For the first ten of our twenty years of marriage, we took cabs out of fear and the convenience factor. We truly thought those who rented cars were, in fact, crazy. What changed our mind was our increasing desire to go places cabs wouldn’t. We were pushed over the edge when kids arrived.

Getting lost, unfamiliar road signs and parking are the top of all the concerns voiced about car rentals. Road signs can be learned easily enough (thanks Google), and taking a wrong turn is a part of the fun. In fact, this has resulted in seeing some of the most amazing destinations we’d never have located on our own. And parking? Bah. In Milan, a city that we’d been told was impossible for American’s to navigate, we used Google Maps and had no problem finding the Duomo and getting a spot two blocks from the Duomo Cathedral (that part we found on our own).

What’s the worst that can happen?

Tickets and fraud. When you don’t read German, tickets will happen. We’ve received more than a couple at castles or destinations because we didn’t properly understand the signs for permits (and didn’t bother ask). Had we used Google translate (or heaven forbid, asked someone who speaks better English than we do), we could have saved the ten bucks. Regarding fraud, our singular bad experience came about when a front desk worker at the rental office in Frankfurt decided to steal our credit card. The silly boy started making purchases about the time we drove off the lot, but was apprehended a few days later.. In 20 years however, that was the lone instance of pain, and it was rectified with a few days.

A few learnings

In Mexico, the rental policies are nuts, because you are expected to pay all sorts of premiums at the counter (even with Hertz, Avis and the others). Further, they require the credit card to be charged authorized for insurance, and security, which can increase a standard $400 for a two weeks to $3,500. No kidding. If you don’t have this kind of room on your credit card, you will be in a bind. Otherwise, here’s how the money breaks down. Tip: most credit cards cover car accidents, so we never purchase insurance. Check with your credit card company.

Yucatan Peninsula/Cancun Area

Cab from any one of the Gold Coast hotels, Isla Blanco or Punta Sam to town: $30 one way (US), round trip, $60.00. If you are going further south, tothe famous Playa del Carmen, tack on another $40 ($20/each way). For a single night in to town, it’s easily $100. Compare that to renting a car, which you can drive to Tulum (2.5 hours south), Chitzen Itza (3 hours west) or anywhere else, and you have already come out ahead.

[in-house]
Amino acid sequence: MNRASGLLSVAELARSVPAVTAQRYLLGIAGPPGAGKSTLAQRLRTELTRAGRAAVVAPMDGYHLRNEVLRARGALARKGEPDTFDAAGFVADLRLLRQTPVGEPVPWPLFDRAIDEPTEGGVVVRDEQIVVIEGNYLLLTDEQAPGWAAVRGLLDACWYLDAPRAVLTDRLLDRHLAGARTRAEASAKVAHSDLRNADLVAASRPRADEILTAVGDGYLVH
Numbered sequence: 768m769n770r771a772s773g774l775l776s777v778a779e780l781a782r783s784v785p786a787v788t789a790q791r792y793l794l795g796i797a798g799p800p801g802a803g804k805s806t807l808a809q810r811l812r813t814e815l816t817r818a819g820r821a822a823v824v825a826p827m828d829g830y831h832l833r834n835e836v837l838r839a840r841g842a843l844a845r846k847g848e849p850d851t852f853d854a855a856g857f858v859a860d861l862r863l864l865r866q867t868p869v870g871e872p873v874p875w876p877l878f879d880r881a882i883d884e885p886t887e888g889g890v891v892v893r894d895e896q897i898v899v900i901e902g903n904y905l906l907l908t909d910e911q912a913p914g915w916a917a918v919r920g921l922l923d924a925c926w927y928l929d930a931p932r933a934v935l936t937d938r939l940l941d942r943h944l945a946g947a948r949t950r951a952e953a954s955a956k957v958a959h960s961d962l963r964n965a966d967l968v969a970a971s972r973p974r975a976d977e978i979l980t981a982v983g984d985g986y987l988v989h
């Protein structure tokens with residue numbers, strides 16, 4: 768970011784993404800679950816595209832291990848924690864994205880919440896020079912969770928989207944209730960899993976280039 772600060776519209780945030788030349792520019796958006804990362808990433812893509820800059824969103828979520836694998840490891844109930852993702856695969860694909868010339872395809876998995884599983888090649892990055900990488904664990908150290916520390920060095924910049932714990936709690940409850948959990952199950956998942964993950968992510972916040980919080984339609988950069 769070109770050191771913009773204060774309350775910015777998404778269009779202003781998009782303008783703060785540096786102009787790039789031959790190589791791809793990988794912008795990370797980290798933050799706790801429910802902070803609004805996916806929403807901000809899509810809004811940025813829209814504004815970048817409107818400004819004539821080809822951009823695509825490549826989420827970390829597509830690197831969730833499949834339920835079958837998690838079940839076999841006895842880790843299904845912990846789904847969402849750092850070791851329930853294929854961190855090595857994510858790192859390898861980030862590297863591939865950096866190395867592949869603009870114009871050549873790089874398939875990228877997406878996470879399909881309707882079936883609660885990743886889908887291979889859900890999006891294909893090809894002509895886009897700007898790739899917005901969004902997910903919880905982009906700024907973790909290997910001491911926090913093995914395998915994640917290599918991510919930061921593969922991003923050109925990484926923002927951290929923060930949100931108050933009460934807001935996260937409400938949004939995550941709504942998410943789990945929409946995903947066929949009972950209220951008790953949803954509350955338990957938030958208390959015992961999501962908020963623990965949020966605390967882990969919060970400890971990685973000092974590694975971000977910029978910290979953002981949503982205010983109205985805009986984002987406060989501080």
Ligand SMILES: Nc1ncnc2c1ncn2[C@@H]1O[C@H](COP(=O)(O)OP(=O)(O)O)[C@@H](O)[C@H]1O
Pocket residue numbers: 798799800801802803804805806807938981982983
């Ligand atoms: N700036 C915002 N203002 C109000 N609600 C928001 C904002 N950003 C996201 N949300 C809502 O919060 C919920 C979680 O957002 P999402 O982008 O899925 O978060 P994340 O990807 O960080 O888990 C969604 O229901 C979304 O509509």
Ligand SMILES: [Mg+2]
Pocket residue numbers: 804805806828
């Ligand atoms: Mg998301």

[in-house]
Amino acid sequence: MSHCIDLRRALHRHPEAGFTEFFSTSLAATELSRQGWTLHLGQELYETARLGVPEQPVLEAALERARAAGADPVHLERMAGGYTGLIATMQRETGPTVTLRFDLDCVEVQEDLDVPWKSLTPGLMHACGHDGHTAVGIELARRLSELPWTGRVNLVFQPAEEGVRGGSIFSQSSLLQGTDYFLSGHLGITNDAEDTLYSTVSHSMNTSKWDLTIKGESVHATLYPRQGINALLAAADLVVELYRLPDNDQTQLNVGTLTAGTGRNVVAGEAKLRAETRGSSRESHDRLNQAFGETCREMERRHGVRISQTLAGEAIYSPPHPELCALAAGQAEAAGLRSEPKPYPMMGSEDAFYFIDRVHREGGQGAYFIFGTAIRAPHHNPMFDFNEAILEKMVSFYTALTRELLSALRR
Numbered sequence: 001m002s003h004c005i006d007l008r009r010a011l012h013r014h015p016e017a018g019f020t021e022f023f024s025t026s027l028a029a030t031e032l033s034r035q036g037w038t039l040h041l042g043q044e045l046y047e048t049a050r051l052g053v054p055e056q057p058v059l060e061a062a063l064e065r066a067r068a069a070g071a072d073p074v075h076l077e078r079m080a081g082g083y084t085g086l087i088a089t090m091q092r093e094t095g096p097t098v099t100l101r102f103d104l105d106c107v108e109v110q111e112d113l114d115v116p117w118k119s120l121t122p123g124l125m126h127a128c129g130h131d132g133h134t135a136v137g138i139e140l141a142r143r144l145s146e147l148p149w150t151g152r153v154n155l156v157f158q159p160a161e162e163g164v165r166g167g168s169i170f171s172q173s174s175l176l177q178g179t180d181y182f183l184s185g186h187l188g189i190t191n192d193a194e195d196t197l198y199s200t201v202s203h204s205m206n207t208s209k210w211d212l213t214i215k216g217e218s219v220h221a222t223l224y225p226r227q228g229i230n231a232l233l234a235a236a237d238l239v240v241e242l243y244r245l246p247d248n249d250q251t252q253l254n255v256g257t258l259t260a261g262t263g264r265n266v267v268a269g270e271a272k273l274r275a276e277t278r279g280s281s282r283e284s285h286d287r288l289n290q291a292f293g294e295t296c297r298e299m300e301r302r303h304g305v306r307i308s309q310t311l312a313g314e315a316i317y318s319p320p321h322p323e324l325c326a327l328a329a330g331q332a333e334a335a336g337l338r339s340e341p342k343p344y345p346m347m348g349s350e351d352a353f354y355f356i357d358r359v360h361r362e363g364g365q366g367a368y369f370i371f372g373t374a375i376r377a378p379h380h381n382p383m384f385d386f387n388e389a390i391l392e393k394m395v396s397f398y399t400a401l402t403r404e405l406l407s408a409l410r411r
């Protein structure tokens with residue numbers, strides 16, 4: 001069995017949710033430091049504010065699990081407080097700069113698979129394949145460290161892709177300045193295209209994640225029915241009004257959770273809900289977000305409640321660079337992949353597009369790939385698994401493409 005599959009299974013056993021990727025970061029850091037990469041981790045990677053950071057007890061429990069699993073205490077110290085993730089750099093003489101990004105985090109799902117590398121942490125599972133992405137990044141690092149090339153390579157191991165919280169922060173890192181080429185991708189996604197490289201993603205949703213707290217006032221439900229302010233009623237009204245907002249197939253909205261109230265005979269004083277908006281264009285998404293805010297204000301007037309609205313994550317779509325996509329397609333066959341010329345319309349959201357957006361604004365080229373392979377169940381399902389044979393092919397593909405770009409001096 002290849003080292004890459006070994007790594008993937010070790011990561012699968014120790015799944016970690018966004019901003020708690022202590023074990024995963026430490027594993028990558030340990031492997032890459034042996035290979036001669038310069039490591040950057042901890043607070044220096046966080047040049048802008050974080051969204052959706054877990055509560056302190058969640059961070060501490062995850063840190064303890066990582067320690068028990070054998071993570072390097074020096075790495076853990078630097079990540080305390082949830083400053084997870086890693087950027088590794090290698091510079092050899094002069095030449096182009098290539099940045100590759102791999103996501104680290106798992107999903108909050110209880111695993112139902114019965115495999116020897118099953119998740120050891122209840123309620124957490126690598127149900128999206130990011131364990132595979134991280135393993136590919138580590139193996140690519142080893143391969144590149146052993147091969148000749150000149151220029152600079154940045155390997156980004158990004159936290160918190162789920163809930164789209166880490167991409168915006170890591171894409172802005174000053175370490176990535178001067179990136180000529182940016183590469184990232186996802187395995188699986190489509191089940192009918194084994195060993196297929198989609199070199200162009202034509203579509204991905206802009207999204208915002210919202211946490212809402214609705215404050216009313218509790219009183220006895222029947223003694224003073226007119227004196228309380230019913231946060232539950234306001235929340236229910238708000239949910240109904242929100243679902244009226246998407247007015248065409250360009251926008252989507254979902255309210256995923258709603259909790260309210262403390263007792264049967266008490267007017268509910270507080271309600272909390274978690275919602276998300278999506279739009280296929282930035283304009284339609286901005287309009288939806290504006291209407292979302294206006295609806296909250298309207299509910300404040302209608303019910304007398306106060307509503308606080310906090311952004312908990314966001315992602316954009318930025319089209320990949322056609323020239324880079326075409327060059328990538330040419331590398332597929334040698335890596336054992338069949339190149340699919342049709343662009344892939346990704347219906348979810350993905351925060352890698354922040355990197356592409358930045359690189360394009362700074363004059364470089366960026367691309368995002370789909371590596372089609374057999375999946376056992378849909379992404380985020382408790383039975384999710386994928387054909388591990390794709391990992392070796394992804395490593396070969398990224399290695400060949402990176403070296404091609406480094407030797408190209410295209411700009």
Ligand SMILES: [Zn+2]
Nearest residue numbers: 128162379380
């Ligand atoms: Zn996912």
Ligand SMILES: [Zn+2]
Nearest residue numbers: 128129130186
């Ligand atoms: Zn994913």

Cabo San Lucas

This is one place where we found a car is NOT necessary, but this is because our lifestyle during our visits is….lounge lizard. We aren’t going to golf courses, visiting the dunes, or eating anywhere we can’t walk to. So the car we rented (once) stayed in the hotel except for the trip to and from the airport. A total waste.

Puerto Vallarta, Suyulita, Ixtapa, Zihuatanejo

We always get a car now, but in the early days, (pre-kids) didn’t bother when in PV, because the cab ride was 5-7 minutes to downtown. Once we started staying further from the center, we got a car. For the other three, yes, cars, always.

Europe

Of course, nothing compares to a train ride through the Alps (the journey isn’t even possible by car), and you still need to take a water taxi in Venice or a boat tour on the Danube to see the buildings from a different viewpoint, but these are not every day occurrences. Yet that leaves several dozen countries to explore with four tires. With open borders, the only thing you need to worry about is a full tank of gas, although a map is helpful.

A few tips for renting a car in Europe

The pick-up location makes all the difference in the world. The same car picking up in Calais France (for 5 weeks) is $3,400, whereas that car is $2,400 in Frankfurt, Germany, but $1,200 in Aachen, German. Guess where we are picking up our car? And it’s not a Volkswagon. It’s a four-door 5-series BMW touring model.